Architect of total football dies (1 Viewer)


Senior Member
Sep 16, 2004
Dutch Legend Michels Passes Away
3/3/2005 11:09:00 AM
Holland legend Rinus Michels has died at the age of 77.
The coach is known as the architect of "total football" and was in charge of the Dutch side that won the European Championships in 1988 and reached the World Cup final in 1974.

Michels also coached Ajax and Barcelona in a distinguished career.

Buy on
Dec 27, 2003
Oh man, that's sad.

I liked Michels a lot : he was quite the charismatic character. His biggest achievement to me remains his beating ze Germans on their soil in the Euro 88 semi (with the decisive goal scored by HM the Swan of Utrecht, who else?). After that feat, winning the final almost became a formality.

And then of course he coached that spectacular attacking machine that was the Netherlands of the 70's, which was twice unlucky enough to meet the hosts and a malign ref in the final.

A great coach no doubt, but there's one point on which I don't fully agree : that he is the "inventor of Total Football". Although the term was only coined in the years of Cruyff's Ajax/Holland, one can argue that Puskas' Hungary in the 50's or Austria's Wunderteam in the 30's already played that sort of game.

But Michels had the merit of reviving it and perfecting it in an era where such a vision of football was considered suicidal. Eventually it proved to be devastating, but not exactly revolutionary if you put things into perspective.

The fact that "Total Football" was then buried for ten years only to be ressuscitated by Sacchi's Milan in the late 80's demonstrates that in football too there are cycles, and that history repeats itself.

Nevertheless, RIP Rinus


Bedpan racing champion
Jul 25, 2001
Rinus Michels is, to me, the greatest personality Dutch football ever had the pleasure of serving.

He will never be forgotten. :strong:


Bedpan racing champion
Jul 25, 2001

Rinus Michels, the Dutch coach who invented the concept of "total football", died on Thursday aged 77. He led the Netherlands to the 1974 World Cup final and the 1988 European Championship title. Michels, who had recently undergone heart surgery, died at around 0400 GMT in a Belgian hospital.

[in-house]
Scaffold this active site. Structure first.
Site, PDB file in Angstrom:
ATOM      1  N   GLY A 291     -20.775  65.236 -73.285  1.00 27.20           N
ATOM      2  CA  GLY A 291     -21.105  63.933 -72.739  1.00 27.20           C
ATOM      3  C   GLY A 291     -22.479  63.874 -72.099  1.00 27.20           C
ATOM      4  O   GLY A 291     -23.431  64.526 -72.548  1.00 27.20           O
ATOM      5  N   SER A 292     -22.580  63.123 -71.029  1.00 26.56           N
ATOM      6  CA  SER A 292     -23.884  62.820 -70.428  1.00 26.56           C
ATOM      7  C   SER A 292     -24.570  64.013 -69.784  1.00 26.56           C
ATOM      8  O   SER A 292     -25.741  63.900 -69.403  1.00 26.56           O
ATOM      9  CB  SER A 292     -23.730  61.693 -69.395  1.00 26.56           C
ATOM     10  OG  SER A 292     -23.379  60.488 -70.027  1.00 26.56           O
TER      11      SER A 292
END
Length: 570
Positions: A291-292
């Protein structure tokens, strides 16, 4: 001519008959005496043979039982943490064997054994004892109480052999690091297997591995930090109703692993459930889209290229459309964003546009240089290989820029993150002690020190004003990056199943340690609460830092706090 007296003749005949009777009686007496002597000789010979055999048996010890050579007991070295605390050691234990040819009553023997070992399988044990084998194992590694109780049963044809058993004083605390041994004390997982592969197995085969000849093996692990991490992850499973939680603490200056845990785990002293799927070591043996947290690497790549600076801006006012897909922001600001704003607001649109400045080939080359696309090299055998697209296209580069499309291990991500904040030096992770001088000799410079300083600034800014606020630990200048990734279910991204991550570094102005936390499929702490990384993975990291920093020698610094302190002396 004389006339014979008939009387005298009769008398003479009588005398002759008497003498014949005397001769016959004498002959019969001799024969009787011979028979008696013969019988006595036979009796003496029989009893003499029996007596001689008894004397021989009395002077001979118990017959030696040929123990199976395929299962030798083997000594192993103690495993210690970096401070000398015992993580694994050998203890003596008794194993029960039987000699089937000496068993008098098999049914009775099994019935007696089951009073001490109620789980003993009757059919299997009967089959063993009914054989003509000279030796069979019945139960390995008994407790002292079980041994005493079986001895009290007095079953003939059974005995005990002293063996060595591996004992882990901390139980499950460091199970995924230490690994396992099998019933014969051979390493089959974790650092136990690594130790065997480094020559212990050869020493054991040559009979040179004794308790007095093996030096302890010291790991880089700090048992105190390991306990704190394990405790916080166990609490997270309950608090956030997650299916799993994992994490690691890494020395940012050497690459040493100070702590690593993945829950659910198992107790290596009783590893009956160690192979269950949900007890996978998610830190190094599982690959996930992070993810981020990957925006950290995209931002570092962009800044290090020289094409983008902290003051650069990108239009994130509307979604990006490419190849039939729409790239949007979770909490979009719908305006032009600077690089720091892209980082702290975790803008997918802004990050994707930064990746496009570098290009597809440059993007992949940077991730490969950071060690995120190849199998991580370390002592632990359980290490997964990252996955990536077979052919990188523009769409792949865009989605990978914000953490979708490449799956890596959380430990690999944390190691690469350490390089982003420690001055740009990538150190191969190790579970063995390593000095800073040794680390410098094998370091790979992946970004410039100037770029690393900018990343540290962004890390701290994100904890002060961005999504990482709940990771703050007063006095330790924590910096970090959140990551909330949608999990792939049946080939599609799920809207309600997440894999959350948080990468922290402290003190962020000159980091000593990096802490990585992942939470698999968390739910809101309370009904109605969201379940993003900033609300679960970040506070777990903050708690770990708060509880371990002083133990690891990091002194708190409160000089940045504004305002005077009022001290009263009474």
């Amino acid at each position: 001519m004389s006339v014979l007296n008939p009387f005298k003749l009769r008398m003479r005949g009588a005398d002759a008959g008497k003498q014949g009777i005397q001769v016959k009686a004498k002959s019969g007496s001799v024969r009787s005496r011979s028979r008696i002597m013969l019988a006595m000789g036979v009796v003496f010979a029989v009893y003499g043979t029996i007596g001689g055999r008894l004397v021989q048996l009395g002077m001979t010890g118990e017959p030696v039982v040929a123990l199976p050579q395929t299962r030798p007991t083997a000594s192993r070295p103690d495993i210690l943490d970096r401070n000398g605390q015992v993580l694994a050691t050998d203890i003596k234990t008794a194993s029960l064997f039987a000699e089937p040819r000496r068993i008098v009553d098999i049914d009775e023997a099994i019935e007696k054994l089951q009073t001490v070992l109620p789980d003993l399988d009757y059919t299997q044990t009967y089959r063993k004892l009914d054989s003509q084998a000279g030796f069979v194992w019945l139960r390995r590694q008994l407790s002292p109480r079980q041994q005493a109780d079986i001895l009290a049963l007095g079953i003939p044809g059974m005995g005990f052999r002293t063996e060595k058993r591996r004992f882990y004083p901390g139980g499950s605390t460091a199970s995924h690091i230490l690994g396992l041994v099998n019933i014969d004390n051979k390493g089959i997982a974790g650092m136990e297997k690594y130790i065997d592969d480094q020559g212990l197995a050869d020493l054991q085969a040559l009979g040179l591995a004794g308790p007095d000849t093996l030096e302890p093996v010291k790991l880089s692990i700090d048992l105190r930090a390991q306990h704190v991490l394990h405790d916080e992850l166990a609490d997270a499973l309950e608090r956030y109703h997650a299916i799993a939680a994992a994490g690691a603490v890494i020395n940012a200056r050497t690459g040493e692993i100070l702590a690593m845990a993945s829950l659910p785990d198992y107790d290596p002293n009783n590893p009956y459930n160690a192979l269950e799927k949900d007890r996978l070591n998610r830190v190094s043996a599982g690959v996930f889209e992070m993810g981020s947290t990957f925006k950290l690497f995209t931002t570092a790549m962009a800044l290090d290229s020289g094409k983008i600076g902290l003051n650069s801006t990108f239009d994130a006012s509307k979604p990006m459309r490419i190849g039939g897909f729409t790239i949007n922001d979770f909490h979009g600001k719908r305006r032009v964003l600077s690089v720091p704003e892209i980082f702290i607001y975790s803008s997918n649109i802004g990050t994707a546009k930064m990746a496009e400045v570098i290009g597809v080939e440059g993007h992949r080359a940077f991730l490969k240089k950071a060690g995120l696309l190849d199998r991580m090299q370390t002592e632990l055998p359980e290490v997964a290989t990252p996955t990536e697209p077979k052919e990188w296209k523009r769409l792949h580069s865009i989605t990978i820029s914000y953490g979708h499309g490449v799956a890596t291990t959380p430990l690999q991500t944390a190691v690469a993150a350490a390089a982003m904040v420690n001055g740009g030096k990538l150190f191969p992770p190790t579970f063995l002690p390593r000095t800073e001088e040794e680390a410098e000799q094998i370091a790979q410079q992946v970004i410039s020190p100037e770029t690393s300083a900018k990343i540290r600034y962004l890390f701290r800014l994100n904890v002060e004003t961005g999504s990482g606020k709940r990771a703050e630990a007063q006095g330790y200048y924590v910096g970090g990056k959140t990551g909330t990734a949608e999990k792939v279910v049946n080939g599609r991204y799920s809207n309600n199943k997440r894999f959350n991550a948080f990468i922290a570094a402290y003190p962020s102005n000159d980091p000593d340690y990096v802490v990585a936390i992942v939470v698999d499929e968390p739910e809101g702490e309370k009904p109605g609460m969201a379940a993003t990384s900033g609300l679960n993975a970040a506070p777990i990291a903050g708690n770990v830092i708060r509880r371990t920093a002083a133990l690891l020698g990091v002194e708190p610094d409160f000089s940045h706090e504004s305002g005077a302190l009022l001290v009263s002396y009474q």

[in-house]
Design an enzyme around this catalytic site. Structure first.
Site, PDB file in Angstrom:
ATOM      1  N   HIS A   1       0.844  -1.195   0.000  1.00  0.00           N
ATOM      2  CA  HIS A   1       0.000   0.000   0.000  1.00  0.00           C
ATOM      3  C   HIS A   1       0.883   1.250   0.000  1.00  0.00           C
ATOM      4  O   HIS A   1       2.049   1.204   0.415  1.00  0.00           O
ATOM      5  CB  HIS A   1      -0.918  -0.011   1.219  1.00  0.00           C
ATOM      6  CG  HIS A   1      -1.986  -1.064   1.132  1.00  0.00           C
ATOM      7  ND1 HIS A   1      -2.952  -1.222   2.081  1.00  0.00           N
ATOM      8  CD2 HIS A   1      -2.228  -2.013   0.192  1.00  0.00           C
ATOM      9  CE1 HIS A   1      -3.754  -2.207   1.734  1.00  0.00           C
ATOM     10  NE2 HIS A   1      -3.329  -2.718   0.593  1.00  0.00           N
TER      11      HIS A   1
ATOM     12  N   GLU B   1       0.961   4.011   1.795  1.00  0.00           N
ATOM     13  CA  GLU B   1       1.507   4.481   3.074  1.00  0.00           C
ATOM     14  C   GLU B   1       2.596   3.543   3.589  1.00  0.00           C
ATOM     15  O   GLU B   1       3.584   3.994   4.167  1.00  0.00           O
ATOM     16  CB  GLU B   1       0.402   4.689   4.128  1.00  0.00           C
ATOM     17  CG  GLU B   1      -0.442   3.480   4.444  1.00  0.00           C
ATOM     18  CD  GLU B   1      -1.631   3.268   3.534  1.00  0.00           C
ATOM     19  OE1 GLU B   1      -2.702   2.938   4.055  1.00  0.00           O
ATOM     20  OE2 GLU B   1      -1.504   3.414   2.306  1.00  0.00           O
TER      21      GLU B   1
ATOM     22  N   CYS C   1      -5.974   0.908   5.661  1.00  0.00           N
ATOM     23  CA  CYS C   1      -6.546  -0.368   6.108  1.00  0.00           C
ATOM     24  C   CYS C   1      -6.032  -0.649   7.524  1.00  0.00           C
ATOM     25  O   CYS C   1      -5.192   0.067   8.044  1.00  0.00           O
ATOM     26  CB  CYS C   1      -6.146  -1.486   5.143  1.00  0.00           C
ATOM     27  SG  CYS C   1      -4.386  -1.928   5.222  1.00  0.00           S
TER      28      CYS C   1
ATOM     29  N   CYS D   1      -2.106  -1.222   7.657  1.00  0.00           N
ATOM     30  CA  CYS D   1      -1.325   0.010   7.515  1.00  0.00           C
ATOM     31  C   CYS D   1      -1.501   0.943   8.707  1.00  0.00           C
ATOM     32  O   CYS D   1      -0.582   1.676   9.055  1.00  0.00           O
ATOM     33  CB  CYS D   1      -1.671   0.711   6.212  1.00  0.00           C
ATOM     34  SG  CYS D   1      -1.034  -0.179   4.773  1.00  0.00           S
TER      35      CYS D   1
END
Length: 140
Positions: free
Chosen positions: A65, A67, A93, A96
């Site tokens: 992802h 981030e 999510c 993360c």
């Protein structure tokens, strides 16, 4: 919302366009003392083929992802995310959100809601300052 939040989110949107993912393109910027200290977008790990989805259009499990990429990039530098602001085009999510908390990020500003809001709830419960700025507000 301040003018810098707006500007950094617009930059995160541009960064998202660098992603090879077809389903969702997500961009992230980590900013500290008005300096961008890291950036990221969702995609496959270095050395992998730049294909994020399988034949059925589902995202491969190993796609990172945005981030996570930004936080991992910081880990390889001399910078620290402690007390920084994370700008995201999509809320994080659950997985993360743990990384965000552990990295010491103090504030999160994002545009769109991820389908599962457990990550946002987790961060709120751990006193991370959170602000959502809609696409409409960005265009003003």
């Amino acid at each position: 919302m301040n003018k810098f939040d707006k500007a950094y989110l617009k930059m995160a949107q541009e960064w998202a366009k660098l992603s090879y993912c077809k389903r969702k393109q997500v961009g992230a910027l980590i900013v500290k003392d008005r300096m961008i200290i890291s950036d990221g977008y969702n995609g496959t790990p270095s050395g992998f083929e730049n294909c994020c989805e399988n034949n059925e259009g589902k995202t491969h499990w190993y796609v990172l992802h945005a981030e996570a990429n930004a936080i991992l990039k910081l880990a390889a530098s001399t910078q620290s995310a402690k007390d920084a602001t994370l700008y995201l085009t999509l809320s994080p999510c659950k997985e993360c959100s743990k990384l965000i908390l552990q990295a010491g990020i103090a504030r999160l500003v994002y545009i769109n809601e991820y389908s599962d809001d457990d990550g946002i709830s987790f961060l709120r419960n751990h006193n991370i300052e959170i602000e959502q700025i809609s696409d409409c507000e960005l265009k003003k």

Nicknamed "The General," Michels famously compared football to war and was renowned for his no-nonsense coaching style during a career at clubs including Ajax Amsterdam, Barcelona, FC Cologne and Bayer Leverkusen.

He won the 1971 European Cup with Ajax and the Spanish title with Barcelona in 1974.

"He was one of the best coaches we had in history," KNVB spokesman Frank Huizinga said.

Michels will be best remembered as the architect of "total football" -- in which every outfield player felt comfortable anywhere on the pitch, creating an attractive brand of play which captured the imagination of fans around the world.

In 1974, Michels led a Dutch team built around Johan Cruyff and Johan Neeskens to the World Cup final, where they lost 2-1 to hosts West Germany in Munich.

"He was the man, who together with Johan Cruyff, made Dutch football big," Dutch state secretary for health, welfare and sport Clemence Ross-van Dorp told Dutch news agency ANP.


Michels, named coach of the century by world governing body FIFA in 1999, always retained the bearing of a military man. He was stocky, kept his hair cropped short and had a square jaw. His manner was decisive, straightforward and down-to-earth.

Michels played 269 matches as a centre forward for Ajax in the 1940s and 1950s and won five caps for the Netherlands. He scored 121 goals in all.

After his army service he became a sports teacher before embarking on a career as a coach.

He started coaching Ajax in 1965 and by 1971 they were European champions for the first time, beating Panathinaikos of Greece in the final at Wembley.

At the heart of that side was Cruyff, and after Michels left for Barcelona later in 1971 he returned to Amsterdam to sign the great forward for the Catalan club.

After further stints at Ajax and Barcelona, he moved to the Los Angeles Aztecs, then on to Cologne before finishing his club coaching career with Bayer Leverkusen in Germany in 1989.

He lived for soccer and even at an advanced age still went to matches.

He was born Marinus Hendrikus Jacobus Michels on February 9, 1928, in Amsterdam near the Olympic Stadium in the year of the Olympic Games there.

He started his career as a player for Ajax aged 18 against ADO of the Hague, scoring five times in a match which the Amsterdam club won 8-3.



Senior Member
Sep 16, 2004
  • Thread Starter
  • Thread Starter #7
    Its a shame that one of the greatest ever coaches gets only 6 replies...


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